It was find after find in a very localized area of the field. I didn’t know what to expect next.
Pretty sure this isn’t a button, but another coin.
Another Matron large cent, this one was dated 1828.
The King is Dead, Long Live the King
I had no idea, nor was I expecting to find something this old. When I saw the date I couldn’t believe it. This was only 500 yards from my house.
This was the size of a large cent, but I could tell right off it was different. Looking at it closer I saw it was a King George II Half Pence. The date was early, much older than the American large cents I had discovered thus far.
Wow. This is 280 years old.
The front has a bust of King George facing left and reads: GEORGIVS II REX.
Recovering from that excitement took a few minutes; it’s finds like these that cause me to take a break and savor the moment. Who knew what I was to find next?
This coin was smaller and I could see it was American. But what kind of coin is this, and how old?
This turned out to be a Draped Bust 1803 Half Cent. My first one. This was quite a day and not one I’ll see the like of again anytime soon. And the sun was still shining, especially on me.
This artifact is very interesting and no doubt very early, it’s brass, all hand worked, the engraving is detailed like designs on a dollar bill. The center has an oval and there are remains of gold gilt still on it. It’s 1-1/2″ by 1″ and I’m still not sure, but I think it may be a pocket portrait of some sort, at least until the better explanation comes along. Both sides are alike.
Very likely I’ll be updating this as someone will know what it is. So what did I find next? I didn’t know at the time, but found out later.
Field toast. This refers to a copper coin so toasted by fertilizer that you don’t know what it is.
That side wasn’t much of a help either. Not knowing what it was, and with nothing to lose, I gave this copper toastie a soak in hydrogen peroxide for 4 days. This cleans copper without harming it. In this case it actually made it recognizable.
My field toastie after the soak. It’s a New York state half pence made in 1787. The words NOVA EBORAC are latin for New York. On the back reads VIRT ET LIB, meaning virtue and liberty. I did some further cleaning, (yes, you can sometimes polish a turd) and it looks like a coin again. I used only dish soap and a mild scrubbie, no more chemicals, and took it down to the copper. I set in on the page in Yeoman’s to show comparison. I like it much better now. The bust side was obviously facing down and was more protected, as the back is very worn after (only) 229 years.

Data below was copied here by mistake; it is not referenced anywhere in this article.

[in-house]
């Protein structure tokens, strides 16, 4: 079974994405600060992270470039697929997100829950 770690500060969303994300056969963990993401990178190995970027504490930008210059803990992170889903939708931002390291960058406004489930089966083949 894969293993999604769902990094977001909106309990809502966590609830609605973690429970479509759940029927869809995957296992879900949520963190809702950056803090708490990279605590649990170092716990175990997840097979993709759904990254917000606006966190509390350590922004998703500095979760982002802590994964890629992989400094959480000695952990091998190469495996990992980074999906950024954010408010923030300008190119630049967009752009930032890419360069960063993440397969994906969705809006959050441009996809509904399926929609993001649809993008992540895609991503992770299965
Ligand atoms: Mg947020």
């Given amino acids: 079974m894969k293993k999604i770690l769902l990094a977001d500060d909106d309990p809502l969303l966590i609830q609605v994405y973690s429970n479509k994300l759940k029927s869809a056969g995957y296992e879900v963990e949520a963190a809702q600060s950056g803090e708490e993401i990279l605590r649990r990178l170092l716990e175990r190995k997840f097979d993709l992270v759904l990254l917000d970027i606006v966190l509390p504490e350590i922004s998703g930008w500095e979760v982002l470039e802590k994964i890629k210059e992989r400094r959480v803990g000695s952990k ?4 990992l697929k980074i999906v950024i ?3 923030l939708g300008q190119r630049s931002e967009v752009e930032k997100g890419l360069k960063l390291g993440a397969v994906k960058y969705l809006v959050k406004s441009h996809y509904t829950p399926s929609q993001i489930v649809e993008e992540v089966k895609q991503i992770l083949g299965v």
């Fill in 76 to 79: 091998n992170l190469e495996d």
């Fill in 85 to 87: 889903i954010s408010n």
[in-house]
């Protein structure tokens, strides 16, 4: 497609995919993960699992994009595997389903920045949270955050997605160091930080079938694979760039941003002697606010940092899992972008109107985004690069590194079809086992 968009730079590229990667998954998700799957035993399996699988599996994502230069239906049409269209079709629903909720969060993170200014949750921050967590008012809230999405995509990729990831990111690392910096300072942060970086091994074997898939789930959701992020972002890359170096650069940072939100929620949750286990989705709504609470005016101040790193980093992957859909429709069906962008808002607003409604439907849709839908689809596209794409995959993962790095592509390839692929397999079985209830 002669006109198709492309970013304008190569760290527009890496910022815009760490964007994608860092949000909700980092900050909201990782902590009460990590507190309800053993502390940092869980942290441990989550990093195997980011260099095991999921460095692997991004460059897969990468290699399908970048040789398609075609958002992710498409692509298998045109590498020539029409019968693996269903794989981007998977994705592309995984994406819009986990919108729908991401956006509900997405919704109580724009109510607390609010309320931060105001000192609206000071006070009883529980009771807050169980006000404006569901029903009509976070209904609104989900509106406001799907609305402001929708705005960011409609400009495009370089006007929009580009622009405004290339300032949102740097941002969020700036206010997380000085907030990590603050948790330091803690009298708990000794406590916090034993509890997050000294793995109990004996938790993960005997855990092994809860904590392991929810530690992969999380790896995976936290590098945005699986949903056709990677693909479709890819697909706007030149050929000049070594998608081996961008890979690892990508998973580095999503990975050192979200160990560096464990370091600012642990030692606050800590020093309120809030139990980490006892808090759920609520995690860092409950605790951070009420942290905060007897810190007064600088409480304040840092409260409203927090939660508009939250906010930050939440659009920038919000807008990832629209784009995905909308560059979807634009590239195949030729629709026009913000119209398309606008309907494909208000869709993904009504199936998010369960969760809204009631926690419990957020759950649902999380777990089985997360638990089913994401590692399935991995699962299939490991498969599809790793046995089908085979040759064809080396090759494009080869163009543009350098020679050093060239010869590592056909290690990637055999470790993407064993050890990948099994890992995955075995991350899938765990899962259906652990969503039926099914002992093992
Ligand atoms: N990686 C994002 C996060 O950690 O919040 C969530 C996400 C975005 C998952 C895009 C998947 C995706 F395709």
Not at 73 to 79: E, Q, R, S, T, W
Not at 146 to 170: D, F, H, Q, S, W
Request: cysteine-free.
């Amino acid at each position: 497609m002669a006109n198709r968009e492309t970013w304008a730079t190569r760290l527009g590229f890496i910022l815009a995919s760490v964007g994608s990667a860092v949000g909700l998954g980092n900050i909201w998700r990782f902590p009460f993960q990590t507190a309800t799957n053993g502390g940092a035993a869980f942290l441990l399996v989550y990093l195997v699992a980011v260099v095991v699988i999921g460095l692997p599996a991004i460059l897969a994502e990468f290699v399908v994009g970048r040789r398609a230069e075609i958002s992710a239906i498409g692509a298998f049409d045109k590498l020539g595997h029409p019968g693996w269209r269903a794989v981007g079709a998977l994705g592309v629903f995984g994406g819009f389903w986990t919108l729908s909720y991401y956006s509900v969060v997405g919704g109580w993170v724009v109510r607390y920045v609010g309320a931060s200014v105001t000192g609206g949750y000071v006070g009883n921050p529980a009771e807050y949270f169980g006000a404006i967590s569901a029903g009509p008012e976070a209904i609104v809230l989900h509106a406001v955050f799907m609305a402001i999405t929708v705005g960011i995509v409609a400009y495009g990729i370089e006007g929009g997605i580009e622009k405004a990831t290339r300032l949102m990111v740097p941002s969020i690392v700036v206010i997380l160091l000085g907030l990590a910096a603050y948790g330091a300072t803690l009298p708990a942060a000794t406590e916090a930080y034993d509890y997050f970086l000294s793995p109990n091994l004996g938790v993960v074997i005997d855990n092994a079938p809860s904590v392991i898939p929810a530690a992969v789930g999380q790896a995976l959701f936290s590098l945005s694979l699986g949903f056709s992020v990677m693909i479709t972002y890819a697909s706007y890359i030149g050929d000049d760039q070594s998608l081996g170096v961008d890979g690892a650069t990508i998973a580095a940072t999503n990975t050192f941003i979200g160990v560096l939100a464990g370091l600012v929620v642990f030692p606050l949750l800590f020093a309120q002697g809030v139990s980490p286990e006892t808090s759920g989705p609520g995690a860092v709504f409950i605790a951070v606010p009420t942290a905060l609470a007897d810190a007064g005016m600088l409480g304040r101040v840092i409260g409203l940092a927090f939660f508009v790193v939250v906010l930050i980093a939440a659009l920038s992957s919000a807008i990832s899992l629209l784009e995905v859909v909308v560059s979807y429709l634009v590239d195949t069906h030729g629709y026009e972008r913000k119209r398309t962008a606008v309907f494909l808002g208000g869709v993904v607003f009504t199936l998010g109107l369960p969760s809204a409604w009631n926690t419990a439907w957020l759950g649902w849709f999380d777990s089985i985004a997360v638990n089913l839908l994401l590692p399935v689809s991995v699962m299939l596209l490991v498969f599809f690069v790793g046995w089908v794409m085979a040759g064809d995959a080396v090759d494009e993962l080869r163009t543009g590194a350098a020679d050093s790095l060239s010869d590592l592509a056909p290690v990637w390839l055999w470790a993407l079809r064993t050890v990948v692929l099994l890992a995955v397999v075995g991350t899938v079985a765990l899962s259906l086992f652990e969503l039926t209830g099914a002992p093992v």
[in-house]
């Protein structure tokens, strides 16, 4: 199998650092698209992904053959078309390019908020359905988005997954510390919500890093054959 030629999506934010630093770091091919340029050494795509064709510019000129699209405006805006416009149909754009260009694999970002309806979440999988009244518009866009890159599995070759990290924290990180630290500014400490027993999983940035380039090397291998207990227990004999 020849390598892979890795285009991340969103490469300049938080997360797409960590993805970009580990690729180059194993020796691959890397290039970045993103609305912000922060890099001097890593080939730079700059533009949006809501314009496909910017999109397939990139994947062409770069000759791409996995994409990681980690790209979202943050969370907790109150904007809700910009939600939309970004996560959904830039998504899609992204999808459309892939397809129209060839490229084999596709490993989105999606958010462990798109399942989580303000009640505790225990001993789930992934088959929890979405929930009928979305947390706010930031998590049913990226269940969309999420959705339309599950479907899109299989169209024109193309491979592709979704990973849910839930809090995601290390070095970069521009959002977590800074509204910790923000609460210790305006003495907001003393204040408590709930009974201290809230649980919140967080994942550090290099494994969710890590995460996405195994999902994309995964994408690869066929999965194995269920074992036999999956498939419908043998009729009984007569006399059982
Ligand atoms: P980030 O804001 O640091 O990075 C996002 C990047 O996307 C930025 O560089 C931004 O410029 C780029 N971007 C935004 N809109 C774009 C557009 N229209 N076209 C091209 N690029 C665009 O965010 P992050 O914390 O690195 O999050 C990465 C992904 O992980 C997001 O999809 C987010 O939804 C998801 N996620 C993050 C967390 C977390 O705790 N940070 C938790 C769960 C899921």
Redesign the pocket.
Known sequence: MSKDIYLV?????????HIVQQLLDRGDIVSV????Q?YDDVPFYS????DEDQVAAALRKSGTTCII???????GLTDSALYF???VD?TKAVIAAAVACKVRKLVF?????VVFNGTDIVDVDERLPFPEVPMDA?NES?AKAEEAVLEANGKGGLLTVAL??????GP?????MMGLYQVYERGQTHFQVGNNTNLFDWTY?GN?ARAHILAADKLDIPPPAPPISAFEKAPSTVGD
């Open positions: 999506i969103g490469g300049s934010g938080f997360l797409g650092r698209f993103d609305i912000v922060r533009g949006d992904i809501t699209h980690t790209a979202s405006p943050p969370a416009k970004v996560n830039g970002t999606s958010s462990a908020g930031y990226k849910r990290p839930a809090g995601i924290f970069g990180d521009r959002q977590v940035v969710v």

Now, where were we? Ah, yes, out here in the field.
And what do we have here seeing the sun for the first time in a very long time.
Another King George II and this one from 1749. Unbelievable.
I had found more American large cents, seven Matrons total, dating from 1819 to 1838, most were toast, but the 1838 is recognizable. 1838 was the last year for the Matron style large cent.
It was very deep on the bottom of a plug, all items were about this depth, seven to eight inches down.
If I had found only this 1838 Matron large cent I would have been thrilled. But, to find this amongst some thirty artifacts, including buttons and coins, this being the newest of the lot was quite a field day. These items were all found in and around what was once a work area. Possibly a barn or stable. They were not lost or dropped all at once, but over a long period of time.
1735-1838. I doubt I’ll find another such site and coins with a date spread of 103 years. But never say never. I research. I tend to be a tad lucky, and go at it until I’m exhausted.
It’s only hard work if you’re doing it right.
Of course these two are my favorites.
A few half pennies, a few dimes.
It’s always about time.